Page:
Hometown: Catlettsburg, KY
Record: 38-12, Bowl Record: 2-2 including a BCS win
Jeremy Sheffey was a mobile lineman for Coach Rich Rodriguez’s Mountaineer squads. He originally signed on as a recruit in the 2002 season but would end up redshirting. He would serve primarily as a back-up to Jeff Berk at guard during the 2003 and 2004 seasons. He would earn the starting job at left guard. His tremendous ability to make blocks at the second level would really help runners Steve Slaton and Owen Schmitt blossom into Mountaineer legends. Make no mistake about it, without a player like Sheffey up front, then Pat White, Steve Slaton, and Owen Schmitt would not have been the dominating players that they became. Sheffey’s skills twice earned him All-Big East honors and a mention on the Outland Trophy watchlist.
I would also be remiss if I did not share my Sheffey story. During the 2005 season, I was living at Sterling Ridge Apartments. My roommates and I came home one Saturday night after going to the movies to find our apartment door open. As we walked in, I saw three hulking white guys and my instant reaction was “we’re being robbed and now they’re going to kill me.” Then I was calmed once I realized that they were not criminals, but drunks (imagine that, a drunk in Morgantown). It turned out that Sheffey and two other Mountaineer players were partying at one of my neighbor’s apartments when they decided to come to my apartment. Sheffey knew the guys who had lived there the year before and wanted to catch up with them. We had left the apartment unlocked, so the guys let themselves in, assuming that their friends would soon return. When the players realized their mistake, they profusely apologized. We ended up partying with the guys and had a good time. I’m sure Sheffey does not remember this night, but it was one of the most unique nights I had during my time in Morgantown.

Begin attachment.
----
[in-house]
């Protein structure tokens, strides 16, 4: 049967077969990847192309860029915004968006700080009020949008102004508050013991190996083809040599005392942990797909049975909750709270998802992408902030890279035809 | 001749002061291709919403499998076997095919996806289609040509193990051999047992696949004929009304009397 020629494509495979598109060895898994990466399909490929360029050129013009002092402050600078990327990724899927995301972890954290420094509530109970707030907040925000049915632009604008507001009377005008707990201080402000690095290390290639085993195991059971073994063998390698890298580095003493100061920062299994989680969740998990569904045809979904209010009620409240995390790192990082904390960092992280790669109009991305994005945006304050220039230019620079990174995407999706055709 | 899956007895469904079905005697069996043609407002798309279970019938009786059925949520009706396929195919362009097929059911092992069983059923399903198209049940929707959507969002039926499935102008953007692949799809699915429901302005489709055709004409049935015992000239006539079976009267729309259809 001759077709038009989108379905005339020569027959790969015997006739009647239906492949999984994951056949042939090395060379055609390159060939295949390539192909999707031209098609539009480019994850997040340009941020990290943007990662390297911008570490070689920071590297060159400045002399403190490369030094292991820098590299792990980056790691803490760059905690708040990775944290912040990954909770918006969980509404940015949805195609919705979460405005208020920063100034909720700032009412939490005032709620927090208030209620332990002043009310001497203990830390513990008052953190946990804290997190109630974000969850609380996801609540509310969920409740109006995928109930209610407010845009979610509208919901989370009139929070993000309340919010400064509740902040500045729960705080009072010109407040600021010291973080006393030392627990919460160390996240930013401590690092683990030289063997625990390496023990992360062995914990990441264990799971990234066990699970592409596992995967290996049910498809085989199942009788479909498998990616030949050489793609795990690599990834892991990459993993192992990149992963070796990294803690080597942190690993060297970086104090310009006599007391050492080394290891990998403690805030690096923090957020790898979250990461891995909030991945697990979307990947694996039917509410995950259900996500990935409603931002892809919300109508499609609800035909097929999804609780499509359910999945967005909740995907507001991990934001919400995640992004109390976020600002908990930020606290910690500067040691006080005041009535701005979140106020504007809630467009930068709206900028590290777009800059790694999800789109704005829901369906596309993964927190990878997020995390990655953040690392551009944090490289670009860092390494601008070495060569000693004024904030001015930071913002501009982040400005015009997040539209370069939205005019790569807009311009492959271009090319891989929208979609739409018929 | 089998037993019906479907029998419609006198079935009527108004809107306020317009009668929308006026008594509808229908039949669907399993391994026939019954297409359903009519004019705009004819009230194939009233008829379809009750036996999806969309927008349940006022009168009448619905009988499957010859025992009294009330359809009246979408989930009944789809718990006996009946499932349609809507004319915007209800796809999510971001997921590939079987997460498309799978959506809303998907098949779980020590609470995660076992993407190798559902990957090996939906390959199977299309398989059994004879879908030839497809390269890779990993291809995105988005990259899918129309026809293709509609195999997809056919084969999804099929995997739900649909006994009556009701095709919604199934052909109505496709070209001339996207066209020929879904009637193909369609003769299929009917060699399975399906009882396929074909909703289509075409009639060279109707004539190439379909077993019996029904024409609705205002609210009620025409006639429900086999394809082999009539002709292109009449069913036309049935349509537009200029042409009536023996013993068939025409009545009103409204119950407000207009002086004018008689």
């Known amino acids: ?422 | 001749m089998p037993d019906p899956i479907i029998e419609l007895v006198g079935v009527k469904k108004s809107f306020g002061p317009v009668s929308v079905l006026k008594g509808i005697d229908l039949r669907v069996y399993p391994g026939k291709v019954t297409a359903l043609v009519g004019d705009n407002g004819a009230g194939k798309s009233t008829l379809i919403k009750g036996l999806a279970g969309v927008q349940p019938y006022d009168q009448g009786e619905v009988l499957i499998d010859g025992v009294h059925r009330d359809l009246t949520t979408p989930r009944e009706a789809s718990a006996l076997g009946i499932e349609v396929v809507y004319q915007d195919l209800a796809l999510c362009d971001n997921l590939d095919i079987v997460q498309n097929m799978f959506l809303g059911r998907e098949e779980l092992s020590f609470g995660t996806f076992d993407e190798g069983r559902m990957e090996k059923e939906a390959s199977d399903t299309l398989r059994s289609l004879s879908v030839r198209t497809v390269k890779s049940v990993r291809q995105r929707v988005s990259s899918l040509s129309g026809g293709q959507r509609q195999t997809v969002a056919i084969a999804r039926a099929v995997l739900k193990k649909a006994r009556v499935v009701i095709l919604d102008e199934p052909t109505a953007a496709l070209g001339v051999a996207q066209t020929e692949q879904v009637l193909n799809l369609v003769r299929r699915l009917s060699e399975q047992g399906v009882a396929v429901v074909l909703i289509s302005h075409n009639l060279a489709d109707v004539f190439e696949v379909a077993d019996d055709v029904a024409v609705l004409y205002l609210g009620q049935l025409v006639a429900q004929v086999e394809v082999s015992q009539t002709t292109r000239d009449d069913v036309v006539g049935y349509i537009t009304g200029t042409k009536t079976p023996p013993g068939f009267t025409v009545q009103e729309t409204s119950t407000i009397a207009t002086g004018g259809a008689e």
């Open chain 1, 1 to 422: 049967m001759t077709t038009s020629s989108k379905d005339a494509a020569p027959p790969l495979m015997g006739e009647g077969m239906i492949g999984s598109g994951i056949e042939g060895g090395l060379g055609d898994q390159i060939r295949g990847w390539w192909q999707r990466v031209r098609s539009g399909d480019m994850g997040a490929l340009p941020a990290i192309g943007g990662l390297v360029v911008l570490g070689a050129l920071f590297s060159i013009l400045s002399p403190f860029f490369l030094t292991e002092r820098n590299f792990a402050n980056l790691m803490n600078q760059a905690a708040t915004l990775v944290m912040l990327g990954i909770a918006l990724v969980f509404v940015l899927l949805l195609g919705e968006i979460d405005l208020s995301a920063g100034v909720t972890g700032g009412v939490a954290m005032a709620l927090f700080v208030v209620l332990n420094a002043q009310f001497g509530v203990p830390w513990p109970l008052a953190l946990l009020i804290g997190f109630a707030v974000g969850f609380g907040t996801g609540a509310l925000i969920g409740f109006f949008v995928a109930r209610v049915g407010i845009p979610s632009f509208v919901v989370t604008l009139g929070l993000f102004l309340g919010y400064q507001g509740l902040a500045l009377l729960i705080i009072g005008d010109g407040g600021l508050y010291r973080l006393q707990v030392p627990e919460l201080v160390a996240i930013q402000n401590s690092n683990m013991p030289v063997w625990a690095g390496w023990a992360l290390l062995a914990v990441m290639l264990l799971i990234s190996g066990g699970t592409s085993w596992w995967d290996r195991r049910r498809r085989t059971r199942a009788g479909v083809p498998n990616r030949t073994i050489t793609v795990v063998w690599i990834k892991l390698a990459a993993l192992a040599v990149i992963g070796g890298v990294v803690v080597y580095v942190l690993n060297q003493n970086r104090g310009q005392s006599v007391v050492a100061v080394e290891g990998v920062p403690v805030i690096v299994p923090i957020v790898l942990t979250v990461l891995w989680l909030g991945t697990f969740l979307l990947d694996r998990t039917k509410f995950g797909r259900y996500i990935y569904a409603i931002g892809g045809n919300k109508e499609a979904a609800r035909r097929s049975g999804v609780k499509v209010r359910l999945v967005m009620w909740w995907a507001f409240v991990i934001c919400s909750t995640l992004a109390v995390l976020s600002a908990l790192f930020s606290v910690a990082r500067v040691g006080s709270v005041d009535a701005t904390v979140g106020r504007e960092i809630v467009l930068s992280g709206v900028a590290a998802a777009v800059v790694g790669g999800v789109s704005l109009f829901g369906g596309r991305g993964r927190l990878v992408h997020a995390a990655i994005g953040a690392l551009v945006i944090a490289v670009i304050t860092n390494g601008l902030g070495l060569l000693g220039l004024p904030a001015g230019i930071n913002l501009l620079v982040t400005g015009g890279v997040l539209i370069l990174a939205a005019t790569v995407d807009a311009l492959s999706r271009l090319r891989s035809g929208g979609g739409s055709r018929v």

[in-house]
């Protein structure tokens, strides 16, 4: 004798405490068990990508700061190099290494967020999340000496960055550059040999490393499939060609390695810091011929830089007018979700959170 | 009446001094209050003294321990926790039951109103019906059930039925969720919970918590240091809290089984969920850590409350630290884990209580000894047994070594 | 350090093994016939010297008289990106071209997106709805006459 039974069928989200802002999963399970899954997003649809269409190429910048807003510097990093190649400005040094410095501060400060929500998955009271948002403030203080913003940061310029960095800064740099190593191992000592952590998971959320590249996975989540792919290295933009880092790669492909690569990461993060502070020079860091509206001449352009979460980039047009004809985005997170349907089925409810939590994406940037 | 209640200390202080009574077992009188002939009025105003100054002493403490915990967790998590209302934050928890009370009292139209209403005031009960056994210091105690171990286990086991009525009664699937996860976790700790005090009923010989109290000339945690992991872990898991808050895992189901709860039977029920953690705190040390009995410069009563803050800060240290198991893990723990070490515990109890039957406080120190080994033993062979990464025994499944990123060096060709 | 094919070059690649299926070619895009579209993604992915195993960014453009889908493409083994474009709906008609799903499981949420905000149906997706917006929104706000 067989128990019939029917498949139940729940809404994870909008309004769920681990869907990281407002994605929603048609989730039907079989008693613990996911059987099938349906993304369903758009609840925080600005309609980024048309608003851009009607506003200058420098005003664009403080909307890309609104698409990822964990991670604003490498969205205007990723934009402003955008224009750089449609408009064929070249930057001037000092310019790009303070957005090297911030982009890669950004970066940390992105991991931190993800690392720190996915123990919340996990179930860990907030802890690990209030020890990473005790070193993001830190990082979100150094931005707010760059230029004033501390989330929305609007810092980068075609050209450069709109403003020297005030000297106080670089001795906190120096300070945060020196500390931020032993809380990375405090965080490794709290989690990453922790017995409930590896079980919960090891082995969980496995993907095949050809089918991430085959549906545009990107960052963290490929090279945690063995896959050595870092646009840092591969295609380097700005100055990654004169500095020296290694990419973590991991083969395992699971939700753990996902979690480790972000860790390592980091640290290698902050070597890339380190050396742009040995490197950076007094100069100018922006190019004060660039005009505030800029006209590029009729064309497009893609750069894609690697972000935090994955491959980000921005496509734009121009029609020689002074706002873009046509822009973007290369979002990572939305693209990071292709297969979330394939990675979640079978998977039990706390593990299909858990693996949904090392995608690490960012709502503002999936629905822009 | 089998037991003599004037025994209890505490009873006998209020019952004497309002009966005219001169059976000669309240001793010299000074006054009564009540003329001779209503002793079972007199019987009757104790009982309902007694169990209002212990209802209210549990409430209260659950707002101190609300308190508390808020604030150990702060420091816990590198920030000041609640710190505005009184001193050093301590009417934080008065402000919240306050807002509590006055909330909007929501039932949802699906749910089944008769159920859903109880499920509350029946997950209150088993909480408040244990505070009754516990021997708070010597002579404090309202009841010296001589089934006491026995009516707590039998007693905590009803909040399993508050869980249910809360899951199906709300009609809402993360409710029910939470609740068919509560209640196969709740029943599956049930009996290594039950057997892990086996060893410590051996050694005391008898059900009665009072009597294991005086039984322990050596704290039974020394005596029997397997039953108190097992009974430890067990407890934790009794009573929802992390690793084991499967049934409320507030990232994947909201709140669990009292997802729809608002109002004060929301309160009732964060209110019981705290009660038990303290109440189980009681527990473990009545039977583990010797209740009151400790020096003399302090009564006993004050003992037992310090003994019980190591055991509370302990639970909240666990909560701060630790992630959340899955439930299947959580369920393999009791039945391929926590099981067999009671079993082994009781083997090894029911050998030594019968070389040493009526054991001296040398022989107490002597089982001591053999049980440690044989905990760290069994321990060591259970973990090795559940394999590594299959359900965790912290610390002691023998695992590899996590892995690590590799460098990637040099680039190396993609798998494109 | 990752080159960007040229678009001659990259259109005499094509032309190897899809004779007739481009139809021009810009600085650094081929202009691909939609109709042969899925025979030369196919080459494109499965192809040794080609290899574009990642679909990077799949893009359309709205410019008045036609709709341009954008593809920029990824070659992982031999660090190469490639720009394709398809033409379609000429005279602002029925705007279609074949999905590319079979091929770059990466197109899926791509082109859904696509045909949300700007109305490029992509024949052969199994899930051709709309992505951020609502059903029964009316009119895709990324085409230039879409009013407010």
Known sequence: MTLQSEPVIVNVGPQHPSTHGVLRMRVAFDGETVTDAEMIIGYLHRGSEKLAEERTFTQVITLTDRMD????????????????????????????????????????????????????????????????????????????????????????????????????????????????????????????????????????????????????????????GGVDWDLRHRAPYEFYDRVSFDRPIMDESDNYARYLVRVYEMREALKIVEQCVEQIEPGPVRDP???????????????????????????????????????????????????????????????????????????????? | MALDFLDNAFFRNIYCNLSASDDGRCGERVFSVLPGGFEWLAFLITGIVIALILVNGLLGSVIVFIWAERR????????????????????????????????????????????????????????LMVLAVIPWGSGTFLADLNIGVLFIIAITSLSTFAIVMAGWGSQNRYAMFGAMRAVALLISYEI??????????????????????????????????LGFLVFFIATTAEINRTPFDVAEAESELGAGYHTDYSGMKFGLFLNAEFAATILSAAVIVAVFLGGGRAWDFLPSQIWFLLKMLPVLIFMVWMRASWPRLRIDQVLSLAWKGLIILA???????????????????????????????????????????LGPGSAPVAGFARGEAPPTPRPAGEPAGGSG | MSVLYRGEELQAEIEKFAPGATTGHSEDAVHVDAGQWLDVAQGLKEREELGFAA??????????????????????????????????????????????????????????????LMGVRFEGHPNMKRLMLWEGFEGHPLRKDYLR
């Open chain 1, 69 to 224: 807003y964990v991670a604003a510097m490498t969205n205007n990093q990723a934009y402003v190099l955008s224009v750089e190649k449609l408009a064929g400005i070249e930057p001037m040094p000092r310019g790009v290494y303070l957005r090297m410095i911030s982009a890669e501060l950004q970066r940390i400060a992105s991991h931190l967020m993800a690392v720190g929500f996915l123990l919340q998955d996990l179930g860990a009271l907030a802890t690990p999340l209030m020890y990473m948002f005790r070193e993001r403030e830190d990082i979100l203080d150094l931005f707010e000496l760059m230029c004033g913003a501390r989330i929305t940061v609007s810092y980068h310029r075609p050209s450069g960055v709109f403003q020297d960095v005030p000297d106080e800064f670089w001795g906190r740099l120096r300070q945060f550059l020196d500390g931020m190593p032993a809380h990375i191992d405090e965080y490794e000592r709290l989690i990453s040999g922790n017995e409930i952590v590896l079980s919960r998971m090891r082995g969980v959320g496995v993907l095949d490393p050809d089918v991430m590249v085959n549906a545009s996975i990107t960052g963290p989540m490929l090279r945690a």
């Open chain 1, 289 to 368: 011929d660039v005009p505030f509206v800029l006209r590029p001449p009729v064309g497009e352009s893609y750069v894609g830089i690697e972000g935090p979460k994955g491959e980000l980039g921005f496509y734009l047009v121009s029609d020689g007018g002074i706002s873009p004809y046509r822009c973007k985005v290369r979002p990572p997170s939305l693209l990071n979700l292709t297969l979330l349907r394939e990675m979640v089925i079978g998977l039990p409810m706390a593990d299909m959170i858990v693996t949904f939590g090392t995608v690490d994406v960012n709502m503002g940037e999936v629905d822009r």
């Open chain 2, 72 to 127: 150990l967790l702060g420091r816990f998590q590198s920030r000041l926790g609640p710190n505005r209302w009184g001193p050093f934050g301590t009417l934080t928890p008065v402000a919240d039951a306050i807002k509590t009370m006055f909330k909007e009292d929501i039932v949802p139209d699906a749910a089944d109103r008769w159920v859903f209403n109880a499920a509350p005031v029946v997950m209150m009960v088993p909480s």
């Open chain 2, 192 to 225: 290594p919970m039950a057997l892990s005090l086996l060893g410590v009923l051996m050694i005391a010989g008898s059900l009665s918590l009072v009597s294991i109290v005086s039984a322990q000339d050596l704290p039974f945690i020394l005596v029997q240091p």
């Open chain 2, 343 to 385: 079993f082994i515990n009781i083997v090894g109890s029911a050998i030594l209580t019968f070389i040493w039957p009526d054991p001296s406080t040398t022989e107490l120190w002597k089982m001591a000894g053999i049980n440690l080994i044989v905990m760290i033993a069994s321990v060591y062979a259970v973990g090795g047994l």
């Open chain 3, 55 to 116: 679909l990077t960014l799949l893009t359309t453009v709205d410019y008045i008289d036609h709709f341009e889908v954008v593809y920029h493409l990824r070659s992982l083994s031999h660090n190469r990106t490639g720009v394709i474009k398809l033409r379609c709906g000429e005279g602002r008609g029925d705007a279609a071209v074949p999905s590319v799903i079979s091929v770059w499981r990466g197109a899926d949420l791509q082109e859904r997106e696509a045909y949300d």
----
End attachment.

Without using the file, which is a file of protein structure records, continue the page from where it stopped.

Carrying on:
Memorable Game: A day that I’m sure Jeremy Sheffey remembers is his outstanding performance against the Louisville Cardinals in 2005. This game would prove to be one of the biggest games in modern Mountaineer football history. While the Mountaineers had won a share of the previous two Big East Championships, the analysts we all predicting that newcomer Louisville would win the Big East. WVU was looking to prove the national media wrong, but would come out flat in the game. Midway through the third quarter, WVU trailed the Cardinals 24-7. The Mountaineer offense would find their rhythm and Steve Slaton would find the endzone, time and time again. The Mountaineers would trade scores with the Cardinals through two overtimes. The Mountaineers scored a touchdown and a two point conversion to start the 3rd overtime and Louisville would respond with a touchdown. The Mountaineer defense finally stepped up, forcing Brian Brohm to scramble, coming up short of the goal line. WVU beat Louisville in a wild 46-44 win in triple overtime.
Competition: Sheffey was a driving force of the great Mountaineer offenses of the mid-2000s. It also doesn’t hurt when you party with the blogger. I guess I could have considered players like Joe Jelich and Bill Lopasky, but I could not resist the chance to tell my personal story.
Teaser: The selection at #64, a Cranberry, PA native, was a solid performer in recent years for the Mountaineers. I would argue that his ability to lead block in run heavy offensive schemes as well as block well in a pass heavy schemes will earn him a special place in WVU fans memories. I know personally that the memory of his athletic ability lingers with me.